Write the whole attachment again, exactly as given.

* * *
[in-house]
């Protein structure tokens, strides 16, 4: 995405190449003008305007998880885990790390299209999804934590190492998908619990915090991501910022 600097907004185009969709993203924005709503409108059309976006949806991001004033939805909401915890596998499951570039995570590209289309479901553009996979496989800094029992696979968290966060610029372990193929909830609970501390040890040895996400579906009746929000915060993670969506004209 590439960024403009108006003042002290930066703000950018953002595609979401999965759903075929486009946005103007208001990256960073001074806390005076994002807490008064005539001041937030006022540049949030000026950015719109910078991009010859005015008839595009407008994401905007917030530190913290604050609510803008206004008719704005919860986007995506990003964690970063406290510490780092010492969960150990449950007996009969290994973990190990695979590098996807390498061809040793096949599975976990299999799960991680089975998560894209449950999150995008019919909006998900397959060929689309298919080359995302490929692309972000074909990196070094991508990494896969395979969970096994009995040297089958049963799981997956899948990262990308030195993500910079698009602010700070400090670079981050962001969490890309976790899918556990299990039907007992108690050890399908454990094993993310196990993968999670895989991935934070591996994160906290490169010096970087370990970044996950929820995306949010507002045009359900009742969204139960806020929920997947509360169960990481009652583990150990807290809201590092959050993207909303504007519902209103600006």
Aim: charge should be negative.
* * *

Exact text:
[in-house]
């Protein structure tokens, strides 16, 4: 995405190449003008305007998880885990790390299209999804934590190492998908619990915090991501910022 600097907004185009969709993203924005709503409108059309976006949806991001004033939805909401915890596998499951570039995570590209289309479901553009996979496989800094029992696979968290966060610029372990193929909830609970501390040890040895996400579906009746929000915060993670969506004209 590439960024403009108006003042002290930066703000950018953002595609979401999965759903075929486009946005103007208001990256960073001074806390005076994002807490008064005539001041937030006022540049949030000026950015719109910078991009010859005015008839595009407008994401905007917030530190913290604050609510803008206004008719704005919860986007995506990003964690970063406290510490780092010492969960150990449950007996009969290994973990190990695979590098996807390498061809040793096949599975976990299999799960991680089975998560894209449950999150995008019919909006998900397959060929689309298919080359995302490929692309972000074909990196070094991508990494896969395979969970096994009995040297089958049963799981997956899948990262990308030195993500910079698009602010700070400090670079981050962001969490890309976790899918556990299990039907007992108690050890399908454990094993993310196990993968999670895989991935934070591996994160906290490169010096970087370990970044996950929820995306949010507002045009359900009742969204139960806020929920997947509360169960990481009652583990150990807290809201590092959050993207909303504007519902209103600006």
Aim: charge should be negative.